Credit Card Identity Theft on the Rise Due to COVID-19
As the world continues to adjust to the new realities of the coronavirus pandemic, scammers are looking for new ways to con people out of their money. Fraudsters who once depended on in-store schemes are now forced to learn new techniques for pulling off scams as they move their operations online along with retailers around the country. Unfortunately, the tactics they develop now can have an everlasting effect on online merchants, even after the uncertainty of COVID-19 passes and the economy stabilizes.
Let’s take a look at credit card identity theft, its prevalence during the coronavirus pandemic, and proactive steps online merchants can take to protect themselves from falling victim.
Identity theft involves a fraudster illegally obtaining a victim’s personal information and using it to assume the victim’s identity. The scammer can then go on to empty the victim’s accounts, open loans and lines of credit in their name, and redirect payments headed towards the victim, such as Social Security checks, tax refunds, and paychecks, to their own accounts. Identity theft is believed to be the most common crime in the U.S., with more than 3.2 million cases reported to the Federal Trade Commission in 2019 alone.
Credit card identity theft occurs when a fraudster gets their hands on the credit card information of a victim and uses it to make purchases or obtain a service. It can also take the form of a scammer using the victim’s information to open a credit card in the victim’s name and then racking up a huge bill with the card. Scammers use various methods to get the information necessary to pull off these forms of identity theft, from hacking devices remotely, to luring victims into insecure sites, to phishing for information via bogus online forms and phone calls.
Credit card companies offer robust consumer protection against fraud with liability generally limited to just $50. In most cases, the merchant who accepted the fraudulent charge is the one left to cover the loss.
The nationwide lockdowns and stay-at-home orders due to COVID-19 have led to a steep increase in online purchases and transactions. In fact, according to online sales data reported on digitalcommerce360.com, e-commerce sales for the last week of May, are 40% higher than online sales of the last week of February.
While this sounds like good news for online merchants, the flood of new customers and the increase in sales from existing ones can make scammers difficult to detect. It’s easier for scammers to pull of their cons now with so many other customers available for cover.
Aside from the methods described above, credit card identity theft now also takes the form of a fraudster hacking an existing customer’s account and using their information to make their own purchases. Many online platforms allow customers to save their information to the website, and despite robust security measures taken by the online merchants, scammers can hack into these accounts with devastating effects.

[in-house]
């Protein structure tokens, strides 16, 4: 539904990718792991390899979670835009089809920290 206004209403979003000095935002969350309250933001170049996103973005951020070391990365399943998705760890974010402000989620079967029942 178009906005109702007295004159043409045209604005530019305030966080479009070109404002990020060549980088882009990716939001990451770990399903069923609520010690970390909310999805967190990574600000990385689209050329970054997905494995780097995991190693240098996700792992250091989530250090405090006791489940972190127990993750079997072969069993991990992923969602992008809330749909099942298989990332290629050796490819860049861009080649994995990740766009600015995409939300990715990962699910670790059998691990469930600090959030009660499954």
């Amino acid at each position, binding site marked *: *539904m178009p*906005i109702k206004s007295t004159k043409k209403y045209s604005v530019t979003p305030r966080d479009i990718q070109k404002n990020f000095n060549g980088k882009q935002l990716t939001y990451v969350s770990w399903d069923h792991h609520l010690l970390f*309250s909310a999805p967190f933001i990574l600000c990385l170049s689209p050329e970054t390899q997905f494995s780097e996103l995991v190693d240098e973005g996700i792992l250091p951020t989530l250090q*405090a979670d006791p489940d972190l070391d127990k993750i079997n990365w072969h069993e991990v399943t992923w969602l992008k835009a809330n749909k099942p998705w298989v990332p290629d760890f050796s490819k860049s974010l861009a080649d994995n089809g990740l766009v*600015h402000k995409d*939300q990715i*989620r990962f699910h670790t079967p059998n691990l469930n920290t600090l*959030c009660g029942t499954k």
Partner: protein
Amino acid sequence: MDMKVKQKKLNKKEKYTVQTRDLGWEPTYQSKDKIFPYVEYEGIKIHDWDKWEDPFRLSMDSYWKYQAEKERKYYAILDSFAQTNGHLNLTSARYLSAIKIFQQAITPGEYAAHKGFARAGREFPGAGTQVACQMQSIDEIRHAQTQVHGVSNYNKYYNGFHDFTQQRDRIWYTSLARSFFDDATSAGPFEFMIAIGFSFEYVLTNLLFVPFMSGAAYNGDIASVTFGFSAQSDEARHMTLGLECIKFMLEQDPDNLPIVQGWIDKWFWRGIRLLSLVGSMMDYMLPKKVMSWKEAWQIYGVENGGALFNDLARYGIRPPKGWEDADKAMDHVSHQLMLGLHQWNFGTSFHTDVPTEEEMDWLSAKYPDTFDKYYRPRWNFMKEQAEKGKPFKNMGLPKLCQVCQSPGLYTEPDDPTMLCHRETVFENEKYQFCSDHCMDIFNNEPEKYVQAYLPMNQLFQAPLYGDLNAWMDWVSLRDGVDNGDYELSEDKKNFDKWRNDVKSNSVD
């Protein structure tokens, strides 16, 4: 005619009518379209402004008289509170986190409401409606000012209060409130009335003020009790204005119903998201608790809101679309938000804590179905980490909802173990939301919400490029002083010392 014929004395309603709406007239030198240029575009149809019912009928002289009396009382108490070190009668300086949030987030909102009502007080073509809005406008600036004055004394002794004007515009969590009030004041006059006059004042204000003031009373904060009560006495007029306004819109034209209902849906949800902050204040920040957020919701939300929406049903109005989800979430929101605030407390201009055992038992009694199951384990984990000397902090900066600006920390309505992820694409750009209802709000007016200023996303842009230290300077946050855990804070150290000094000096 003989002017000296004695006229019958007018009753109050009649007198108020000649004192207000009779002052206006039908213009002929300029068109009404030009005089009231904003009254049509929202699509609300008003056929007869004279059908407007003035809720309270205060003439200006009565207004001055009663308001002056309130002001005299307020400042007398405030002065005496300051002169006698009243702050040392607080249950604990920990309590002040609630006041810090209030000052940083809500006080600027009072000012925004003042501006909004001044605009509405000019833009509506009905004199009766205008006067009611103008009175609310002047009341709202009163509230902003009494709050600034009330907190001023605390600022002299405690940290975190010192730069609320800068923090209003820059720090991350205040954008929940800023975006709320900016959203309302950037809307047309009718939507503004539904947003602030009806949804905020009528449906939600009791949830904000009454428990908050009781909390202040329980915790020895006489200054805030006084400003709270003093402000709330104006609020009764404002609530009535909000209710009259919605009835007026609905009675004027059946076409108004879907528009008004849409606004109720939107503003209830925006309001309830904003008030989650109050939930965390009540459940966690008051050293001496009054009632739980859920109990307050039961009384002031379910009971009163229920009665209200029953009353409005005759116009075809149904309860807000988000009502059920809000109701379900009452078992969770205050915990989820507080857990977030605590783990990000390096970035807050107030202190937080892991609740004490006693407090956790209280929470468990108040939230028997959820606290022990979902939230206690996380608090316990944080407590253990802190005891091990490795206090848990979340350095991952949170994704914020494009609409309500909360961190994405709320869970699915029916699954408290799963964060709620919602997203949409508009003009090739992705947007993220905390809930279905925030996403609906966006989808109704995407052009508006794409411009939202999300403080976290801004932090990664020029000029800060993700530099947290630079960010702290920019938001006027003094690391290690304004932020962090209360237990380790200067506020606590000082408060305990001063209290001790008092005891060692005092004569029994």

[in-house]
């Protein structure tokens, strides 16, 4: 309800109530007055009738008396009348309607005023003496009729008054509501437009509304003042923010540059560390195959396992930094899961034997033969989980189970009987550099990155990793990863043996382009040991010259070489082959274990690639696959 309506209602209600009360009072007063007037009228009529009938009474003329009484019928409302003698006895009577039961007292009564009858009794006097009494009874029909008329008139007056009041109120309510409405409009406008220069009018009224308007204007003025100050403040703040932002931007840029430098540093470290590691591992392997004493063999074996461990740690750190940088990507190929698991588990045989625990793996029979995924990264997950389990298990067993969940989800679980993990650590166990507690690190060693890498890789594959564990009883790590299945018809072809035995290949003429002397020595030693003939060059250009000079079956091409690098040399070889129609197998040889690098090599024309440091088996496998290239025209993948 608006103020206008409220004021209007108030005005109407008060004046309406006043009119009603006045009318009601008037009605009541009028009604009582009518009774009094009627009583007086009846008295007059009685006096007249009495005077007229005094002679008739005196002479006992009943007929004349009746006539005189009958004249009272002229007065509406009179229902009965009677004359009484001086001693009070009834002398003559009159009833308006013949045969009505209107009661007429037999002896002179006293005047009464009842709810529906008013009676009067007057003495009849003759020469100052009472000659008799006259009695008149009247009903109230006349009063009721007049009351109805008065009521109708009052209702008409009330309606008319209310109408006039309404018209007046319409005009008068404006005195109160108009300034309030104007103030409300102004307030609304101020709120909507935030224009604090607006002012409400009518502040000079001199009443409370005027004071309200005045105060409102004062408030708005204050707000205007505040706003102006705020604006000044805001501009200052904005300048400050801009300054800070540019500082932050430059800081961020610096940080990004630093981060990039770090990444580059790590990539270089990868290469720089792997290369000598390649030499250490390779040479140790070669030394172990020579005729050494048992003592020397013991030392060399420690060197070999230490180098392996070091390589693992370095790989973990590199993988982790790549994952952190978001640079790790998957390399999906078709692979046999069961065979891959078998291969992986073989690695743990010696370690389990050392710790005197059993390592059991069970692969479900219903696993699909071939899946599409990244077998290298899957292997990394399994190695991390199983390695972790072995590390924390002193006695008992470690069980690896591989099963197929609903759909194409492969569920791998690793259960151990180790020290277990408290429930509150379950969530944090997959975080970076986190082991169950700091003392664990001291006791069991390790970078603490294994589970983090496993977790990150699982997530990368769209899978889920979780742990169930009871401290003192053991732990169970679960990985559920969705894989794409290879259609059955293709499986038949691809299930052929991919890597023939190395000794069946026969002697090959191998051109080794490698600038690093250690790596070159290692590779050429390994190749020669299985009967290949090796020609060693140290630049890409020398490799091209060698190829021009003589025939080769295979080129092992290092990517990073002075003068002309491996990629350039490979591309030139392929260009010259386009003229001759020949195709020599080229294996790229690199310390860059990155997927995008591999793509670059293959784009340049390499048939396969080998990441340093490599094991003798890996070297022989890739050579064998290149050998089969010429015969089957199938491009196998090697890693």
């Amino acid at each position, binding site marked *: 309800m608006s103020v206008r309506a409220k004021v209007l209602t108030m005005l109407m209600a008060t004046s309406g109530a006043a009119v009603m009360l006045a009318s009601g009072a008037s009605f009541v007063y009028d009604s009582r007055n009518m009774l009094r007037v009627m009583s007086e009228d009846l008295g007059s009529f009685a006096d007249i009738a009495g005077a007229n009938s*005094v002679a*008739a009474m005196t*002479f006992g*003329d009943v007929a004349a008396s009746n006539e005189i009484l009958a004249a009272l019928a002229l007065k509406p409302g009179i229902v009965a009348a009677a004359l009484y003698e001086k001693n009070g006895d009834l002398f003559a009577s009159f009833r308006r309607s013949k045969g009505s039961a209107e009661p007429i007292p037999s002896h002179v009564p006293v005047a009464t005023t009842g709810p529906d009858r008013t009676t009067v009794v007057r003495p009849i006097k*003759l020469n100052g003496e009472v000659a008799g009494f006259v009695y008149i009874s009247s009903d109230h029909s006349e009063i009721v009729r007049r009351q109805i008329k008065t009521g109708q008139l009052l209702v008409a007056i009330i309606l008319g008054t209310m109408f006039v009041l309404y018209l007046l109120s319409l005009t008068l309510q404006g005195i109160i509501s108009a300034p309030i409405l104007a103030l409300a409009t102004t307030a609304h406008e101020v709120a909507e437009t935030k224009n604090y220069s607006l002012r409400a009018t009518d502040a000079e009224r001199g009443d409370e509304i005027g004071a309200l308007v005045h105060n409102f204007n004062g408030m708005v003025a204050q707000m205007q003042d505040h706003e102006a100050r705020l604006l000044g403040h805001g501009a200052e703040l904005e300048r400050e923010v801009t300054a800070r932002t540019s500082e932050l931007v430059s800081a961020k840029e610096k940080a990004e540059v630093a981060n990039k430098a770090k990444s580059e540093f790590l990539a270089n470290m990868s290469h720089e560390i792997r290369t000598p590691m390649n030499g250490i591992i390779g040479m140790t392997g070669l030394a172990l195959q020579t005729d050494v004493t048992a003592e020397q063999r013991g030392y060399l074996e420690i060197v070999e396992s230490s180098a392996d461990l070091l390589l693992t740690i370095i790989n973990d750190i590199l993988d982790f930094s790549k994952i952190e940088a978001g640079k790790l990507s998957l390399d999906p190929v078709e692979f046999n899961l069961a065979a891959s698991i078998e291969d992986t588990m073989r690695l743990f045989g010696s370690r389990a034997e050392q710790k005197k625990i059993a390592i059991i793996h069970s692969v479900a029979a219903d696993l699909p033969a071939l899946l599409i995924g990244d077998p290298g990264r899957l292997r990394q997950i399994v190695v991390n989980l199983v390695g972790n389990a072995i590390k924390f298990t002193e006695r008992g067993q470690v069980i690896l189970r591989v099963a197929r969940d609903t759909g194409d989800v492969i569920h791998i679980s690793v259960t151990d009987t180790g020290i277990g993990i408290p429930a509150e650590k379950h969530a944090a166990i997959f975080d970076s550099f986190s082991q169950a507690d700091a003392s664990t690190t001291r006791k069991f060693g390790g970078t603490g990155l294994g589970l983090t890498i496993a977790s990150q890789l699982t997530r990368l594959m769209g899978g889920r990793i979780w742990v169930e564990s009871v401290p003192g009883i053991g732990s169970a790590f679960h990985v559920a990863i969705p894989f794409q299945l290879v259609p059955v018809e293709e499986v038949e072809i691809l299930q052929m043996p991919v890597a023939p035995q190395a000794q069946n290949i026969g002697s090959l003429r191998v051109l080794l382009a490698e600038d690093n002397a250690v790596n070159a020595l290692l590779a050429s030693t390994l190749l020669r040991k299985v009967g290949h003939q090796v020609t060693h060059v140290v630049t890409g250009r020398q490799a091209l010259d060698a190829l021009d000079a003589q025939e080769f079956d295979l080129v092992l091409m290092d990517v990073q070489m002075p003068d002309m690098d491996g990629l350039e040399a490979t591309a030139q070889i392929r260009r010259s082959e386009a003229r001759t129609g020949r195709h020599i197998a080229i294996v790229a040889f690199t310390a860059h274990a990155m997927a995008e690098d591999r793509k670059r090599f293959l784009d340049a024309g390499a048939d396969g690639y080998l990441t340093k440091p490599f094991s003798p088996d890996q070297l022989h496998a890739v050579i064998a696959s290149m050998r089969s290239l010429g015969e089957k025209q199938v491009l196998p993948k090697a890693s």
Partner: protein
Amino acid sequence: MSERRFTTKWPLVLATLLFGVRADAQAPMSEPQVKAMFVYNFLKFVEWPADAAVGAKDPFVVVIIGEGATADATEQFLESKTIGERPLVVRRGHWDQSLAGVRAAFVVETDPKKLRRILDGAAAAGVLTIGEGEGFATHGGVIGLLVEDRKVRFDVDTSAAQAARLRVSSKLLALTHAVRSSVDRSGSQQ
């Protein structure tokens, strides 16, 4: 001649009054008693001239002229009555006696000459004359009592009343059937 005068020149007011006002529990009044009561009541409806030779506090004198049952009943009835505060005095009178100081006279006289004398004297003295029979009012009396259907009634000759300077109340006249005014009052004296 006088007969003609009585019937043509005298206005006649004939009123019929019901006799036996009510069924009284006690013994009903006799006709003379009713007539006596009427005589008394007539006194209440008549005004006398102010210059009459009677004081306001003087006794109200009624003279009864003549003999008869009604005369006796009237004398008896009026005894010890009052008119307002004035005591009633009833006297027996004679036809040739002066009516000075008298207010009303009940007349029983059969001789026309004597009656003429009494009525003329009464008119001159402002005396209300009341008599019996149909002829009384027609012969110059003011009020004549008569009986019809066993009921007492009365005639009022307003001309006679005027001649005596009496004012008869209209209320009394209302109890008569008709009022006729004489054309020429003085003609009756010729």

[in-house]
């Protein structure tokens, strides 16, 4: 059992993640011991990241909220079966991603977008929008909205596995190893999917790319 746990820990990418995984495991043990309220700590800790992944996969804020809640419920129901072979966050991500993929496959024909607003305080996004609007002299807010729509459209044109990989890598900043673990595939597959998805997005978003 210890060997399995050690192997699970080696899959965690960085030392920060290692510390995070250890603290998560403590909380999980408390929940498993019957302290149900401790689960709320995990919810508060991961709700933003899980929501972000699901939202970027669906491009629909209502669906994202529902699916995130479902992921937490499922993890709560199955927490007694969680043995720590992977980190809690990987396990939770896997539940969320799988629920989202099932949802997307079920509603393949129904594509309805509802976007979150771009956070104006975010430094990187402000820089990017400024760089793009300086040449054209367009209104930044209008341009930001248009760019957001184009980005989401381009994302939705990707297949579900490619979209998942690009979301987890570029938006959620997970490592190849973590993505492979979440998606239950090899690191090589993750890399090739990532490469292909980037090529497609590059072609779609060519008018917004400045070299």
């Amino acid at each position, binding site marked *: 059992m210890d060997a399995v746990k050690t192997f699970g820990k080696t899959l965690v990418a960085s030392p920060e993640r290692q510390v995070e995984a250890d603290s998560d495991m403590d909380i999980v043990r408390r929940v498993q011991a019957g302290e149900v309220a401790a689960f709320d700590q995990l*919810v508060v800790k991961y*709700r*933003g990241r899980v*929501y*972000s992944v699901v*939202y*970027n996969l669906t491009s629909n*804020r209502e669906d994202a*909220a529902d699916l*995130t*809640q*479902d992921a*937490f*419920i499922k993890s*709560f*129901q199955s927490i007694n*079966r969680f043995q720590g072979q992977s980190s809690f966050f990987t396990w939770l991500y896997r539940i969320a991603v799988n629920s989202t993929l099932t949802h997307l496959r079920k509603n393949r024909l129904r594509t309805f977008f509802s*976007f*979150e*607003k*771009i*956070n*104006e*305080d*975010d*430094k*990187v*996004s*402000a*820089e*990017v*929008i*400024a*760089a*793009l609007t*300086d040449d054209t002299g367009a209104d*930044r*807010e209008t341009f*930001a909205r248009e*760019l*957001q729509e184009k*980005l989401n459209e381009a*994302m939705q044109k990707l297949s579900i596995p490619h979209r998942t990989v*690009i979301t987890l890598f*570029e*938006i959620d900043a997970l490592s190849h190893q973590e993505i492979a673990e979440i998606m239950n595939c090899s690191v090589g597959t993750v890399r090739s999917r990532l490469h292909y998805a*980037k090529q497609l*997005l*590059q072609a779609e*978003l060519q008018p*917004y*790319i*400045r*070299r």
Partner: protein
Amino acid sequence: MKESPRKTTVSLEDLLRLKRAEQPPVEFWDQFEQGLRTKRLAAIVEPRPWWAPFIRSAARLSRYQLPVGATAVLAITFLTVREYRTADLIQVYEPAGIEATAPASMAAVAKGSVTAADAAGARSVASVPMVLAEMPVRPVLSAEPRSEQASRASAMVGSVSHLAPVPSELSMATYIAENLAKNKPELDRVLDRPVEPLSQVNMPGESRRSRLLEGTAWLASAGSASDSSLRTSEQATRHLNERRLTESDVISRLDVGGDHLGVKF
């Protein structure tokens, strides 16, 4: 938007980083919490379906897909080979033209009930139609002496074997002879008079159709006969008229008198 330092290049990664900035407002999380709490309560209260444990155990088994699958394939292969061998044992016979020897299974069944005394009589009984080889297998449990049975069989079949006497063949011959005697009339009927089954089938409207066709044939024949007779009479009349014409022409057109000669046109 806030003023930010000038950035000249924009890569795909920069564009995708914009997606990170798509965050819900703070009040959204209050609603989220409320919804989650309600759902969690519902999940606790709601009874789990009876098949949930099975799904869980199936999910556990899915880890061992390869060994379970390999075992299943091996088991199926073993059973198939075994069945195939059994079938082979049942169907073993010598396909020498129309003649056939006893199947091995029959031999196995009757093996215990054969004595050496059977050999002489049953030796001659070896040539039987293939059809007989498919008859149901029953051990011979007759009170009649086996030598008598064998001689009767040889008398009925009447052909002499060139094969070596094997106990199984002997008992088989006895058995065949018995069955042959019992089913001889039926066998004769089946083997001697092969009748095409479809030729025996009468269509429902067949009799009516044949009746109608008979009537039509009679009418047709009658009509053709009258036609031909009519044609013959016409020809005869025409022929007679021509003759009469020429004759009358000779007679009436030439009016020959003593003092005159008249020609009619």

Merchants can protect themselves from becoming victims of credit card identity theft by learning how to recognize the red flags that may indicate the occurrence of a scam.
First, be on the lookout for dormant accounts that are suddenly very active. While it’s possible for a customer to regain interest in your business and begin making purchases again, it’s unlikely that they will go from making no purchases in months, or even years, to racking up a huge bill in just a few weeks.
Scammers may prefer to hijack a dormant account with the hope that its owner won’t be aware of the takeover until it’s too late, but if you know to be wary of sudden activity, you can catch them before they do much damage.
Another red flag is a new customer who uses multiple credit cards to make small purchases. Many scammers use online merchants to test out credit card numbers they’ve hacked before moving on to larger targets.
Finally, be on the lookout for an increase in gift card purchases. Scammers love using stolen information to purchase gift cards, as once these cards are purchased, they can’t be invalidated, even if the victim is aware of the scam and tries to stop the purchase.
As mentioned, though the increase in these scams is due to COVID-19, there’s no reason to believe the fraudsters will stop executing these scams once the economy returns to its normal state. It’s a good idea to use this time to train your staff how to recognize signs of credit card fraud and to establish a protocol for suspicious activity on your website. Often, the best way for merchants to protect themselves from credit card identity theft fraud is by utilizing a fraud prevention service like FraudFix. We are committed to providing our clients with strong, dependable fraud protection through the
pandemic crisis and beyond. Your complete fraud protection is our only priority.